I often make a generic “stir fry” to which I add various Asian seasonings we stock in the kitchen regularly. It’s a great way to use some assorted vegetables from the farmshare, and whatever protein you have lying around ready to use. But I rarely try to make it from a recipe – once you get the basic idea of cooking fast over high heat, it hasn’t seemed necessary.
I can’t really explain why last night I turned to the Joyce Chen cookbook we have, published in the 1960s, when Joyce Chen was doing for Chinese cooking a little bit of what Julia Child did for French cooking : “Hey people, this isn’t scary to cook and tastes good, not weird!” So by using this cookbook, I guess am being “authentic” to what Chinese people 40 years ago though American people 40 years ago would be willing to eat. Kind of like the takeout Chinese food I grew up with, but with mostly very good ingredients.
I had defrosted 2 chuck steaks from Chestnut Farms – they are shaped like steaks, but cut from a part of the cow that is not super tender without marinating or slicing very thin. And I had ginger from Old Friends Farm, which the Brookfield Farm folks offered to deliver with our shares last week. It seemed like it would be a good match for stir-frying – the recipes called for flank steak, which is also not a super high end steak, but not what I had. There were recipes for beef with pea pods, beef with green peppers, and beef with mushrooms – all with the exact same sauce : ginger, soy sauce, sherry, sugar, salt, corn starch, MSG. So it was not stretching it too far to use an assortment of vegetables instead. We had the last of a head of cabbage from Brookfield Farm in the fridge, as well as its newer sibling, so the old piece needed to get used up. I used a green pepper, some celery, and carrot, too. I had enough green peppers that I could have made beef with green peppers, but then the peppers would have overwhelmed the reluctant pepper eater. (He is not the 4 year old in our household, by the way.)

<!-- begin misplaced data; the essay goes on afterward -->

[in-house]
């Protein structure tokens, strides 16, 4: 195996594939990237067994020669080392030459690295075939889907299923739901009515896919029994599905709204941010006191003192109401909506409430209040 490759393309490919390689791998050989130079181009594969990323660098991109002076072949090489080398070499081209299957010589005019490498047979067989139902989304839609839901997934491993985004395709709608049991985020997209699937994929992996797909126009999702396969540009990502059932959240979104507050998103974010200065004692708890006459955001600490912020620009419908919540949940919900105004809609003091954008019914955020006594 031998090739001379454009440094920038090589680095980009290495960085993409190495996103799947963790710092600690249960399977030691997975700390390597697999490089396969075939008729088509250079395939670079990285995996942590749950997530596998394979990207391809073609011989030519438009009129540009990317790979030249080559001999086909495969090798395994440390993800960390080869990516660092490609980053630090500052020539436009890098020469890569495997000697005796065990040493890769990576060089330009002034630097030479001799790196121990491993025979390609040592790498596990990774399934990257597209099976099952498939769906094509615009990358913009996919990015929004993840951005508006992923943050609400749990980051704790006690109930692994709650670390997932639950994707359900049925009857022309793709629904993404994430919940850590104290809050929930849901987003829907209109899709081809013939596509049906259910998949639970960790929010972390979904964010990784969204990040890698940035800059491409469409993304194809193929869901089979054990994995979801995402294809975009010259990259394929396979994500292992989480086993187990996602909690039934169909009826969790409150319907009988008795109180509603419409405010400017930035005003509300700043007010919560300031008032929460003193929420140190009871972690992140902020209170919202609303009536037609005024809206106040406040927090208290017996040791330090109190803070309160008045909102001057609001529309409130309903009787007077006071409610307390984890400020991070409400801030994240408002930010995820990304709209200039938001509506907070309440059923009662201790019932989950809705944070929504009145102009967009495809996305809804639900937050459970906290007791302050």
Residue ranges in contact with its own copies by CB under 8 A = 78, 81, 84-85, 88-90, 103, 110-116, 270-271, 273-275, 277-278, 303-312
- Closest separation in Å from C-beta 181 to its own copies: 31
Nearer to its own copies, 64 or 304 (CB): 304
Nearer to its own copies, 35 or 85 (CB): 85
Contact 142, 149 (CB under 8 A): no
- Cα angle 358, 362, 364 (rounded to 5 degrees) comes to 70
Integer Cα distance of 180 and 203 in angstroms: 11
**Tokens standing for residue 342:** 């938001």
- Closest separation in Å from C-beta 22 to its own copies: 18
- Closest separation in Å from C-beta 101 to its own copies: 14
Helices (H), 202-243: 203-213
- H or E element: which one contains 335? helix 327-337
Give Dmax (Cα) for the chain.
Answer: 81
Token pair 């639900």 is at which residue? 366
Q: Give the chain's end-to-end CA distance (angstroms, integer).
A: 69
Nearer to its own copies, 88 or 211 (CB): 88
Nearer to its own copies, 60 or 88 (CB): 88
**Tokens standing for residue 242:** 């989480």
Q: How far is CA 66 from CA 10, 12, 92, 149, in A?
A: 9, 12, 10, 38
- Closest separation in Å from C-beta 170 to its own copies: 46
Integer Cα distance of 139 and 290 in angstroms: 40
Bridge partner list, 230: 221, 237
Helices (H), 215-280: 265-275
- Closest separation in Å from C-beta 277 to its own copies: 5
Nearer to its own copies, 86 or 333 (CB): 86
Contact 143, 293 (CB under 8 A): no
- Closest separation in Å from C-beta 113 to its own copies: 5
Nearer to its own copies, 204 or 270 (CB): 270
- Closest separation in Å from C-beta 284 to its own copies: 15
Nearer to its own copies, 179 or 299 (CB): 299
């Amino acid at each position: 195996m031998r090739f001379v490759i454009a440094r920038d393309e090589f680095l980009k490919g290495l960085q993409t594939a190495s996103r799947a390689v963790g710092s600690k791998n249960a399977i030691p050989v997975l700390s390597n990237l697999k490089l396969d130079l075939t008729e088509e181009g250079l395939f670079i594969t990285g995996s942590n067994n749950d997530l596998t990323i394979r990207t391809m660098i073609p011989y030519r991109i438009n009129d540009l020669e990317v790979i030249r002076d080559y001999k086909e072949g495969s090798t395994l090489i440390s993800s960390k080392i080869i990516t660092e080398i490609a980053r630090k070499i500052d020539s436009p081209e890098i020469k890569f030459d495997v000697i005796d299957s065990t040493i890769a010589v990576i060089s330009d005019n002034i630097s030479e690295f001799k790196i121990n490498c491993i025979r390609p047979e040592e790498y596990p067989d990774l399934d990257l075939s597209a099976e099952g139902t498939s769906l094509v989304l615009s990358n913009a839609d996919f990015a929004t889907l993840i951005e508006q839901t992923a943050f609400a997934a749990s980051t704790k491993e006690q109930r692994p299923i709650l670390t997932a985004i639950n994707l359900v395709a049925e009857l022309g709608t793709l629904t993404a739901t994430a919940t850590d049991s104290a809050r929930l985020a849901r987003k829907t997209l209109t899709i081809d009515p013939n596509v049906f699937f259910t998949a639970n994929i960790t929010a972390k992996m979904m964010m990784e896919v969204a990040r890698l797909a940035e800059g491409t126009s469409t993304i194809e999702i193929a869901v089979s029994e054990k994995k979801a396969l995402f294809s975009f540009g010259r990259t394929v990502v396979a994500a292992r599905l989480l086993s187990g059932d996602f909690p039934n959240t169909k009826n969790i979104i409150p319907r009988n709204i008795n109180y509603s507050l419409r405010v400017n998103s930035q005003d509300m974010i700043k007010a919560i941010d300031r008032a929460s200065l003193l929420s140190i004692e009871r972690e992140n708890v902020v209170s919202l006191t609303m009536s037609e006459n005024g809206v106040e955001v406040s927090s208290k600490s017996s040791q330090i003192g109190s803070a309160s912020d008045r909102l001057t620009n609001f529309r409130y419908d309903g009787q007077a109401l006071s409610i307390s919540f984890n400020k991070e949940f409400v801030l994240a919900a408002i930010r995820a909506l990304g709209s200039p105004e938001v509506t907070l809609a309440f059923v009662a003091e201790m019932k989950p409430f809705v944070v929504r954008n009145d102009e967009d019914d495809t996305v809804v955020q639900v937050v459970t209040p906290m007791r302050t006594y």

Because I like contradiction, I took all of this good stuff and then followed the sauce recipe pretty exactly with it – I added a lot more fresh ginger, much of it grated, but other than that I added everything – the corn starch, the sugar, even the MSG! (Yes, I like the umami stuff even if it is artificial, and even if I am cooking from scratch.)
The main change from the way I usually stir fry is that you cook the vegetables on their own in oil over high heat, then remove them and cook the meat together with the starchy sauce, then add the vegetables back in. The surface of the meat got that shiny iridescent look all over it, and the sauce was clearly the same brown ginger sauce as your classic takeout Americanized Szechuan Chinese food — only it all tasted more like the food it came from.
Some days, though, I still want to call for delivery. (Besides, then I can get Peking Meat Sauce noodle soup instead of Beef With Vegetables.)